Caroline Taylor, 31, is a Performance Studies scholar, actor, singer and Assistant Artistic Director of the award-winning Marionettes Chorale. She also holds a 'day job': Online Marketing Manager at publishing house Media and Editorial Projects (MEP) Ltd.She knows that many people might very well dismiss all of that with a shrug, and she can understand why. Her mother is Gretta Taylor, highly acclaimed Artistic & Musical Director of the Marionettes, and her father is Jeremy Taylor, British-born author and journalist (he was the BBC's only source of information during the bloody insurrection of 1990) and co-founder of MEP. The other co-founder in the business is her beloved godmother, Joanne Mendes, who also happens to be a founding member of the Marionettes.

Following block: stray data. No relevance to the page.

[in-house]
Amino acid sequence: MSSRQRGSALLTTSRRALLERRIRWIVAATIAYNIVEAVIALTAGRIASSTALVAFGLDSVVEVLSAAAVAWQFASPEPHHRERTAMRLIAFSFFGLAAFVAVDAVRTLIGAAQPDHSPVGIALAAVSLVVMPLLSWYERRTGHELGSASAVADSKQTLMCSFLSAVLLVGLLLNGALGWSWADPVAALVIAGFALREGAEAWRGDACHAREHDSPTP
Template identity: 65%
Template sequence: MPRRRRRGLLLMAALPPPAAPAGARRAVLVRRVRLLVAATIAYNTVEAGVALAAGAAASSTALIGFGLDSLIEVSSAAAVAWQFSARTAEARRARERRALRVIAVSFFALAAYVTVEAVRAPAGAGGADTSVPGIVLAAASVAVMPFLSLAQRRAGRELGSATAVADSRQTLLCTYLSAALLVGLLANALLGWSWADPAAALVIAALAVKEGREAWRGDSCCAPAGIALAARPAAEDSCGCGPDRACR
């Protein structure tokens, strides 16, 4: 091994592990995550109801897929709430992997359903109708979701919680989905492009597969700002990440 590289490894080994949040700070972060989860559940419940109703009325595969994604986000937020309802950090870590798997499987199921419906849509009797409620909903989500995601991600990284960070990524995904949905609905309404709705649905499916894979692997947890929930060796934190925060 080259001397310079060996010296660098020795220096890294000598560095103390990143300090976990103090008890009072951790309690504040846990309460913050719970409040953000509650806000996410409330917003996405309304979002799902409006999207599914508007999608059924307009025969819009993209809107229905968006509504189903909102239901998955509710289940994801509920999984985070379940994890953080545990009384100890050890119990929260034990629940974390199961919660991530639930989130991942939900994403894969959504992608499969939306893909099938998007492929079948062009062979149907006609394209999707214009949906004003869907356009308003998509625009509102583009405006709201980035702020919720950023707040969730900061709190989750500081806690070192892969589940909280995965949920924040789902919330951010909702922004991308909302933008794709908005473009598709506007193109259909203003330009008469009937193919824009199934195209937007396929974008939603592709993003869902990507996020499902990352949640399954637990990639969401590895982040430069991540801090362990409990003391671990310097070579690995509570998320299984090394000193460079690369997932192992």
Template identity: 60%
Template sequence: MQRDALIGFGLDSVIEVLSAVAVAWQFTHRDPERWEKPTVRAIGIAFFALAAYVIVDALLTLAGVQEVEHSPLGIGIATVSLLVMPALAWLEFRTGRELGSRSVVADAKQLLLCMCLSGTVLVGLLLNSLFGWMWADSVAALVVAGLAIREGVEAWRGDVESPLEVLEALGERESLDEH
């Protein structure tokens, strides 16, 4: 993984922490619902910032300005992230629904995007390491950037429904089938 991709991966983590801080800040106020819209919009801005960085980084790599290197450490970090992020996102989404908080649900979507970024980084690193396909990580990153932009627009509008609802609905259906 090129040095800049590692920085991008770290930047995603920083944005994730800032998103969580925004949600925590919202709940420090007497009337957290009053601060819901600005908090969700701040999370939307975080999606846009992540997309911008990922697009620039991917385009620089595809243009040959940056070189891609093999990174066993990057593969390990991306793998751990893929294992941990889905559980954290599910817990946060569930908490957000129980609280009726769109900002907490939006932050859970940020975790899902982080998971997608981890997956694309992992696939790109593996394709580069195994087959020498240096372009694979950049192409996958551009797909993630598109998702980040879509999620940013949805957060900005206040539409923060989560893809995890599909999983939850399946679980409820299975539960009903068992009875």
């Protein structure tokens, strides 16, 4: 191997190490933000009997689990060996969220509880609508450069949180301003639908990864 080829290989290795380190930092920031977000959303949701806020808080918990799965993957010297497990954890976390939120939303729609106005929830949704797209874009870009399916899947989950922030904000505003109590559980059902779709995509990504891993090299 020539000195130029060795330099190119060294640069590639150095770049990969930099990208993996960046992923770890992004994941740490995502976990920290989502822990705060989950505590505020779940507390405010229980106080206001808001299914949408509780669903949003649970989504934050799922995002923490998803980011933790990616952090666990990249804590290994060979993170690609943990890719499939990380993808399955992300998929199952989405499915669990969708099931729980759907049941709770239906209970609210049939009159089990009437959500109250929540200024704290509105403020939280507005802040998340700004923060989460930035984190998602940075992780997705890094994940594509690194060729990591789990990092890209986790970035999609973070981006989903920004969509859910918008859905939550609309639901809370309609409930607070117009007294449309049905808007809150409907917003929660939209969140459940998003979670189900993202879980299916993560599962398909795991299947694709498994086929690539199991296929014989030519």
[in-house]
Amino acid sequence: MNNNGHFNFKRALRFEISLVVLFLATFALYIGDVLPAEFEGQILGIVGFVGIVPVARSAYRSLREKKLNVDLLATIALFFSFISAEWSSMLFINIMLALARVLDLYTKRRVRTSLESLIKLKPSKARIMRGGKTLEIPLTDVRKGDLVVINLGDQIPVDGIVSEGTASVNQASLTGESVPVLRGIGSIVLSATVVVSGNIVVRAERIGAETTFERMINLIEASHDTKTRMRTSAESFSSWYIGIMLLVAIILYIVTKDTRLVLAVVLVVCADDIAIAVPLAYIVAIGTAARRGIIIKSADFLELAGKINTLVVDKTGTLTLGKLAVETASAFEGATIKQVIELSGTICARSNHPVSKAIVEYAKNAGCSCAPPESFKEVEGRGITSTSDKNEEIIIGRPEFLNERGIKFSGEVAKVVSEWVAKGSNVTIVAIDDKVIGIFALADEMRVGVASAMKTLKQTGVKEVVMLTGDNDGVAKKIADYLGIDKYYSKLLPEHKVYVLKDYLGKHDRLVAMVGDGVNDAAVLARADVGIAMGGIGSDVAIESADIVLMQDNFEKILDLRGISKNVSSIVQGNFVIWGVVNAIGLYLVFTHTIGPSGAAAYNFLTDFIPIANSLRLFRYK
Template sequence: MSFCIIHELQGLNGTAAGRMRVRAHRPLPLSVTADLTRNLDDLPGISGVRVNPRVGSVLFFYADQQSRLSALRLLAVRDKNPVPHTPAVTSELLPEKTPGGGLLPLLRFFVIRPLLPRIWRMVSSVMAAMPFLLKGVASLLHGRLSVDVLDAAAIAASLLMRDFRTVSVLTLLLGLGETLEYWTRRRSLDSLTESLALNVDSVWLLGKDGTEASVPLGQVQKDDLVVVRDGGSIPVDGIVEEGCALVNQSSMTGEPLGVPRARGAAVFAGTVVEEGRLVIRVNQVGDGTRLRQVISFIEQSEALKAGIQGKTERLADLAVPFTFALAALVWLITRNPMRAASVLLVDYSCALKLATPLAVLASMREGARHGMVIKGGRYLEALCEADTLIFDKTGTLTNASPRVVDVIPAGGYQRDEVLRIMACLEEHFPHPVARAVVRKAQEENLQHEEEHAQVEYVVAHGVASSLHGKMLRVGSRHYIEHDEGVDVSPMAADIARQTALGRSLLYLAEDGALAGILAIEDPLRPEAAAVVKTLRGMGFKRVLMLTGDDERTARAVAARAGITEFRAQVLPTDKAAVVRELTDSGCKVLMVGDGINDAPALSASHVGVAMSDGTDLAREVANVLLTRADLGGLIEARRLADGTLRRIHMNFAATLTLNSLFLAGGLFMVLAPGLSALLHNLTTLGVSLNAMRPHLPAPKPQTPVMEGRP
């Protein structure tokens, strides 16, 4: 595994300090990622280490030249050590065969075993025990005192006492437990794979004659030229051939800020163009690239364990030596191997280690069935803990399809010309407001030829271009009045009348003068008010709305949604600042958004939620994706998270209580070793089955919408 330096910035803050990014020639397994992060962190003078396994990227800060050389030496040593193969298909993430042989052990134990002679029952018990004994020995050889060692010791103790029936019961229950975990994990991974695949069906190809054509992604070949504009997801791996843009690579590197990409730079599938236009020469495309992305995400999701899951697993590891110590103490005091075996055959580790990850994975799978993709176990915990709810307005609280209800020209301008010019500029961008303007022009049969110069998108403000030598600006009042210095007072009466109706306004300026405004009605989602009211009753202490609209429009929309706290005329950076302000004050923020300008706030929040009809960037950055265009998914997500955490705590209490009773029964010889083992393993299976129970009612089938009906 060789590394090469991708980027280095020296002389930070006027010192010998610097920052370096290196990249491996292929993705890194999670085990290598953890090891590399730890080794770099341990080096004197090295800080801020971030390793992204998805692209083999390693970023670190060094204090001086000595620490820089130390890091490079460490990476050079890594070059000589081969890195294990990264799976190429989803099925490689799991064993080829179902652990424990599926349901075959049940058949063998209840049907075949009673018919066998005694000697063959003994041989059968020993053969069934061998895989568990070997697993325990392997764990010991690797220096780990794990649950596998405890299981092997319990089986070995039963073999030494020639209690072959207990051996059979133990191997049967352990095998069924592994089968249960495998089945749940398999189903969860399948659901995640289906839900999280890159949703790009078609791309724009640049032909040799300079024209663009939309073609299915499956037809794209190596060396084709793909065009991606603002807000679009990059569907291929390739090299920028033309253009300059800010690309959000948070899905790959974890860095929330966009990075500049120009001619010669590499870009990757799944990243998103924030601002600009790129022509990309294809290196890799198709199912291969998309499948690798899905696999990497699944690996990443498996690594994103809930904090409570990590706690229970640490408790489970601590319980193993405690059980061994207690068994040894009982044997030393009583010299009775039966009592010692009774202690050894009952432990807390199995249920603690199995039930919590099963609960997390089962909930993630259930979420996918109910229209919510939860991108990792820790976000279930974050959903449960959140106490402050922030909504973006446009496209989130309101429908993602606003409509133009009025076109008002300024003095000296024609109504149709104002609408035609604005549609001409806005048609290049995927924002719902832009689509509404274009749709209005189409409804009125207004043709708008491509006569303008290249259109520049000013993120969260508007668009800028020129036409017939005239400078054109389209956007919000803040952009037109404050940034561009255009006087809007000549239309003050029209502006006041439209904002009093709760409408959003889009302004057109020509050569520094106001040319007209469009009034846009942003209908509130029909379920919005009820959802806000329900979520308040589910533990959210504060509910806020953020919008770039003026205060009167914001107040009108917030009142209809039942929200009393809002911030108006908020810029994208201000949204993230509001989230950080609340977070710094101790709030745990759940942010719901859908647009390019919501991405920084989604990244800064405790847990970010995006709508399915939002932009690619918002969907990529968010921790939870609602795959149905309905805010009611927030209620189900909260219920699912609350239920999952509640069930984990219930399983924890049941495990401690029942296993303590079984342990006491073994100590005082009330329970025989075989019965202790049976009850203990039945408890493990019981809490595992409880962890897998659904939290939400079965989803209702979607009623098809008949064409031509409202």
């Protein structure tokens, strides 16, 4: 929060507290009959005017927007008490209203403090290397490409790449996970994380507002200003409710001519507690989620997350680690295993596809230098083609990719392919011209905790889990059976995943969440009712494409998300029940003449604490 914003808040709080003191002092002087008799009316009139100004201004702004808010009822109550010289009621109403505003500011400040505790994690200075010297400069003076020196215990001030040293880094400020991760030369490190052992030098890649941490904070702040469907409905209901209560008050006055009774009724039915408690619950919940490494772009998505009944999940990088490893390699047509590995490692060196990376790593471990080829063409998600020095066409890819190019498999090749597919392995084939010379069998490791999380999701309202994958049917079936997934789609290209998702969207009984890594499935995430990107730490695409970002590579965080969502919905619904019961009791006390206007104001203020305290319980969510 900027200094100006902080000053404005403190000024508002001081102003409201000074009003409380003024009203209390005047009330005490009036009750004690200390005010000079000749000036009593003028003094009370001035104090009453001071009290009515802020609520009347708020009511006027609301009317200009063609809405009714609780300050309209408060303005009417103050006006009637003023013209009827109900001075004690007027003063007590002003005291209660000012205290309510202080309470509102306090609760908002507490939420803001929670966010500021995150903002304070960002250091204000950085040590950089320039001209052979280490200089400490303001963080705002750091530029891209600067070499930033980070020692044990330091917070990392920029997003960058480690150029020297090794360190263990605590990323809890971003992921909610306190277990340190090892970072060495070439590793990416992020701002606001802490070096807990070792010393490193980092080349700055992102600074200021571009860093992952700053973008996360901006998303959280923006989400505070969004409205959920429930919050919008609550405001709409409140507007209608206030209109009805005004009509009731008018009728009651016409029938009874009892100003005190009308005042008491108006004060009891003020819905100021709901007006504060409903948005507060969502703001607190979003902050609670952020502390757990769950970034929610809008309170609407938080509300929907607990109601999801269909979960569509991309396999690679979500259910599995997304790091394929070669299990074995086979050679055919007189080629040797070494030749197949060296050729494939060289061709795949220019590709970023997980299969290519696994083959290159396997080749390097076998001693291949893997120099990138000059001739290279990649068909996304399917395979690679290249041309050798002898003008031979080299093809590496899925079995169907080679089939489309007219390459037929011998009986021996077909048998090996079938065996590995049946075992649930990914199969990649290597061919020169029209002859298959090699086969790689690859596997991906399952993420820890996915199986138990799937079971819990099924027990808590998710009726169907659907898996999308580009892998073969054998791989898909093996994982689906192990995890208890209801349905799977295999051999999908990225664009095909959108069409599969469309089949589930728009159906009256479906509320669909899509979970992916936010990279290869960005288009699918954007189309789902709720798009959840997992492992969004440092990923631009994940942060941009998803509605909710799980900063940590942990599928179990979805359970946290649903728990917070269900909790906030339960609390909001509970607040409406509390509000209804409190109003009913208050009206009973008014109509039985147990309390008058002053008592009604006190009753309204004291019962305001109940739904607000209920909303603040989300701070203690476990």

To the onlooker it would certainly seem like she was born with the figurative 'golden spoon', and simply walked the path already laid out for her by others.She herself questioned her choices many times but eventually could not ignore the fact that she was indeed being drawn there, of her own accord. Perhaps it is the very 'obviousness' of it that also brought an obstinate determination that she would be doing it her own way. She was blessed with opportunity, yes, and inspiration for sure, but her path would be forged by her, not by virtue of her birth or circumstances.She earned herself a place at Williams College in Massachusetts to pursue Performance Studies, a combination of drama, music, dance and anthropology. When she first arrived, the students were told that if every single notion they'd ever had about 'performance art' wasn't turned on its head by the end of it all, then they had wasted their time there. Her time wasn't wasted there. By the time she left Williams, Caroline knew without a doubt that she had made the right choice for her life, no matter how it came about.